Home > Azure > Implementing Single Sign-On (SSO) using Azure

Implementing Single Sign-On (SSO) using Azure

In this post I am going to show you how you can secure On-Premises or Cloud based web application using Windows Azure Active Directory which provides identity and access management capability in the cloud.And depending on your requirements you may have various On-Premises or Cloud Federation Identity Management scenarios and it is hard to cover all of them,but hopefully this post will give you some insight into the cloud based identity management and may be useful for your projects.

Before we deep dive into it I assume you have some idea of this type of identity management and are familiar with terms like Identity Provider, Relying Party, Windows Identity Foundation, WS-Federation and the orchestration behind such authentication process. If you are new to this topic and need a bit of background then I highly recommend reading the book Programming Windows Identity Foundation.

Lets browse to the Azure Management Portal and start configuring Windows Azure Active Directory (WAAD) by clicking New > App Service > Active Directory > Access Control > Quick Create and I am going to create a new namespace as shown below.

Access Control Namespace

Once the namespace is created click on "Manage" so that we can configure and administrate Identity Providers, Relying party, Federation Metadata Endpoint etc.

Manage Access Control namespace

Lets take a quick look into various options in Azure ACS and the first thing you will notice is that by default there are three major Identity Providers i.e. Microsoft, Google and Yahoo and if you like you can easily add Facebook or any WS-Federation based Identity Provider like your own Active Directory Federation Server.

List of Identity Providers

Additional Identity Providers such as Facebook or any WS-Federation Identity Provider

Last October I posted about creating a simple website using ASP.NET MVC and deploying it into Azure. I am going to use the same website and secure the website using Windows Azure ACS. If you haven’t read that post I recommend you to have a look so that you would know how to publish your website to Windows Azure.

First thing we are going to do is to add our website as relying party, which means that this website relies on the Windows Azure ACS to manage and authenticate user and the website doesn’t do the identity management and authentication on its own.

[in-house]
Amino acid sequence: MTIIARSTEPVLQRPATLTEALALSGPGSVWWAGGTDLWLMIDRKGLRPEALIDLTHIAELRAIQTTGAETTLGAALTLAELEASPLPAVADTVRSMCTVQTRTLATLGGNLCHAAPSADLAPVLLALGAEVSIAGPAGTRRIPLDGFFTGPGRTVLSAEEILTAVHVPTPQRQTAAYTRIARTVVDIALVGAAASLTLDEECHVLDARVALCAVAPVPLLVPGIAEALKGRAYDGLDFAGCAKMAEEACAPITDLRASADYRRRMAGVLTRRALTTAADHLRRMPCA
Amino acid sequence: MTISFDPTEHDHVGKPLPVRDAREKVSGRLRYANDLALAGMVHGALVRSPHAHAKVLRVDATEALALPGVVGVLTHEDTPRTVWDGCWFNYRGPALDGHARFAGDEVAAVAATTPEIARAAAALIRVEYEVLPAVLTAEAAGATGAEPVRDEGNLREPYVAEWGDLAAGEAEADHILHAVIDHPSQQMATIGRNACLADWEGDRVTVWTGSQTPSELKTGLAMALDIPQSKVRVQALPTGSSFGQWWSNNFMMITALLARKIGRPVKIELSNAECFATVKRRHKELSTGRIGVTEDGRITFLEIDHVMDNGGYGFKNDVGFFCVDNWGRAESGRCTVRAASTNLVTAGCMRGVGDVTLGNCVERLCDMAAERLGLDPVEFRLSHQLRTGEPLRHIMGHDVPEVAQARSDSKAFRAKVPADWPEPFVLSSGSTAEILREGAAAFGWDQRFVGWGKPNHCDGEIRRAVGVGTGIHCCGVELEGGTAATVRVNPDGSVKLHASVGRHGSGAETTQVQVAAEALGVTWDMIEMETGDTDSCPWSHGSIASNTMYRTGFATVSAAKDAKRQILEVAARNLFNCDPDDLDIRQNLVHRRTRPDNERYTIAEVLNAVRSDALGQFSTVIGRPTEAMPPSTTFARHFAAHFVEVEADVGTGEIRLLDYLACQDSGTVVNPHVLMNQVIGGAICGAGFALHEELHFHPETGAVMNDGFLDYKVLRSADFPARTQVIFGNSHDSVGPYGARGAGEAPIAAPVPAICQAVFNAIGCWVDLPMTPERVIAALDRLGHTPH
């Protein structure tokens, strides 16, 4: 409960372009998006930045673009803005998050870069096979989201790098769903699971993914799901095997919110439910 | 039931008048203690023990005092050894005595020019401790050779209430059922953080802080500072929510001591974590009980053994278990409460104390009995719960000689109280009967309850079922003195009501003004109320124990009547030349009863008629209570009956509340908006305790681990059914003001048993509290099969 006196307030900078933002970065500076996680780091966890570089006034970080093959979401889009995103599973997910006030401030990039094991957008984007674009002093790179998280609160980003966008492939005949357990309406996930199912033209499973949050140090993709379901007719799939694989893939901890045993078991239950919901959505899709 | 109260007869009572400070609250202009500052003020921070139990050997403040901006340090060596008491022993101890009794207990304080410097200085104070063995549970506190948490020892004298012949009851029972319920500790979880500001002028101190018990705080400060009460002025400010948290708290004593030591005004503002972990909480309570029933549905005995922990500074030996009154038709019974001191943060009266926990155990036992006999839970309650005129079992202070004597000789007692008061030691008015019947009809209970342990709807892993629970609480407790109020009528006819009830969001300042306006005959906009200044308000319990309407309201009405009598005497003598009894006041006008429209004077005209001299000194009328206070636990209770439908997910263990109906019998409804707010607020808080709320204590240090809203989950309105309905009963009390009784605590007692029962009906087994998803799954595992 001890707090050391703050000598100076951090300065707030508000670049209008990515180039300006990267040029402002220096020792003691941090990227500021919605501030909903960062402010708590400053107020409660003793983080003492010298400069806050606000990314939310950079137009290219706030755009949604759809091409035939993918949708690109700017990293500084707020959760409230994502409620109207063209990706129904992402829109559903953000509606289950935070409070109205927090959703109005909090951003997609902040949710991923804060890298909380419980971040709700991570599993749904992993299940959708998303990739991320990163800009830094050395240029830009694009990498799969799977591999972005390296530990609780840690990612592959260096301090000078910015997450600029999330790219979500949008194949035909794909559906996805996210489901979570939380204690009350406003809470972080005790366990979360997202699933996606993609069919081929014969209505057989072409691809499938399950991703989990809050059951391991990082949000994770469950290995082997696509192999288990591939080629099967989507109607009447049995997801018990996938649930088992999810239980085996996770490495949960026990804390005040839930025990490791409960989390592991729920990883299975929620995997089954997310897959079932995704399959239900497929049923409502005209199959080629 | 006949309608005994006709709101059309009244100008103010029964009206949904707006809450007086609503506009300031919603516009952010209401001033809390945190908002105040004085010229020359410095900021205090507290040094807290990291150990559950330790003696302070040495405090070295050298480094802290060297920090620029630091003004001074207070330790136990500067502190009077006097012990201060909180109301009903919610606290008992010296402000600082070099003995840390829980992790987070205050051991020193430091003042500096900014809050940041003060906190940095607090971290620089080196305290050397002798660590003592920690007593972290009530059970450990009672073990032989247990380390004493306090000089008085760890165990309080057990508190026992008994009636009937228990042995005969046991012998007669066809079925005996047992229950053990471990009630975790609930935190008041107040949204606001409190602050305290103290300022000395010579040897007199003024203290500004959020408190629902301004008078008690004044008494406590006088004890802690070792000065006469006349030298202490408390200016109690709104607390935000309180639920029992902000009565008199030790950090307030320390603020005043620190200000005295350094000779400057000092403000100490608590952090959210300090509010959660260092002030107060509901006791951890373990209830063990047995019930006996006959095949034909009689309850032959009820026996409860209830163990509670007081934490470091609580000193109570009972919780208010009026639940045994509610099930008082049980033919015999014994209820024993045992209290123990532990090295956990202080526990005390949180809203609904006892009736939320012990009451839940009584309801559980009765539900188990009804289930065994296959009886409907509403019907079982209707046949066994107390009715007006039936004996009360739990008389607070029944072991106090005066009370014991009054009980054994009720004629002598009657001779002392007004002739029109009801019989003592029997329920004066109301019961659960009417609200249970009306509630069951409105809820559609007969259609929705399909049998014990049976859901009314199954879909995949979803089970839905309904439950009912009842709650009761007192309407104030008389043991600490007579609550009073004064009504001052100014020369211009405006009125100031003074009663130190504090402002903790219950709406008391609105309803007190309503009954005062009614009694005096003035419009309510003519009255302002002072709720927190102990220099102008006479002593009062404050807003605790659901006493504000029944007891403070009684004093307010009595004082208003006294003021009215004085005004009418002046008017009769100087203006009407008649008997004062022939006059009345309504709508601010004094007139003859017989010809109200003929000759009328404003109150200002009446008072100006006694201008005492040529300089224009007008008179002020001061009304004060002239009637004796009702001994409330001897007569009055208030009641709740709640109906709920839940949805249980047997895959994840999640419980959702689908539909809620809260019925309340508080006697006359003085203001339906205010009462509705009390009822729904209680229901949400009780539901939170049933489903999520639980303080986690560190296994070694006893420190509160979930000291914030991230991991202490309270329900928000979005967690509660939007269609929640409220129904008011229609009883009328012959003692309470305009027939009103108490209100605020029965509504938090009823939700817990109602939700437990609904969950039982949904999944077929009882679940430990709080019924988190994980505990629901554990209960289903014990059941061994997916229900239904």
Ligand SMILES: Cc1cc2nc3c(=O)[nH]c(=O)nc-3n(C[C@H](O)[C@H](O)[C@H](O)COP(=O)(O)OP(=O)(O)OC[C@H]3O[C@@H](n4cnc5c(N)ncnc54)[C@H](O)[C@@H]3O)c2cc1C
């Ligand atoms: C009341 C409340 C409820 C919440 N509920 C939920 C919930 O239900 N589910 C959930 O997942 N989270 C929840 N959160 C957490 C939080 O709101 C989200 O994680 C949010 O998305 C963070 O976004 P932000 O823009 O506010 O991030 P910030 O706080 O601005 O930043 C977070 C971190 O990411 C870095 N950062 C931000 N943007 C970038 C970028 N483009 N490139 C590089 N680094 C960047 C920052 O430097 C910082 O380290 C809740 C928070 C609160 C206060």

Add local website as relying party.

As you can see from the above screenshot I have just added my local IIS website as relying party, the realm and the return URL, this is just the configuration and the actual website will be created in Visual Studio later.

Add relying party additional information.

As you can see in above screenshot there is nothing special going on, we can see all the three providers for this relying party and we can see "Create new rule group" automatically selected. At this moment we will just click "Save" and will tackle the rule group next.

In the "rule group" we are going to specify how input claims in Windows Azure ACS are transformed into output claims so that our application can read these claims and work out additional task based on the user claims.

Generally all the incoming claims will map straight to out going claims and you don’t have to do anything special but I am just showing what can be done through configuration.

Edit rule group for HIIT system

On this "Edit rule group" page we will click on "Generate" and it will populated some rules as shown below.

Automatically generated claim rules

Now I am going to add one more rule and the reason behind this rule is that as part of Microsoft Live Id provider it only returns the nameidentifier claim value and doesn’t return a username due to security reasons. Where as providers like Google and Yahoo do provide the claim value name with user’s first name, last name as well as the email address. Anyways we need to fix this as
WIF manages behind the scenes orchestration of authentication and mapping claim principal to ASP.NET User principal.

If the claim name is blank and as part of the post authentication process when WIF tries to map the name to the User.Identity.Name we are going to get an exception and hence I am mapping the name identifier to the name claim value.

The above fix is done just for this end to end demonstration and in a real life application you have to take nameidentifier claim from Microsoft and use Windows Live Id APIs to get username and map it to the name claim programmatically.

generate rules mapping for windows live id.

and here is the final output with our custom rule for windows live id.

final rule group output with custom name mapping for windows live id.

Before we jump into programming last thing we have to do is to go to the "Application Integration" page and get the WS-Federation Metadata endpoint as shown below. We will copy this URL as we will need this endpoint when we configure the identity management for our application.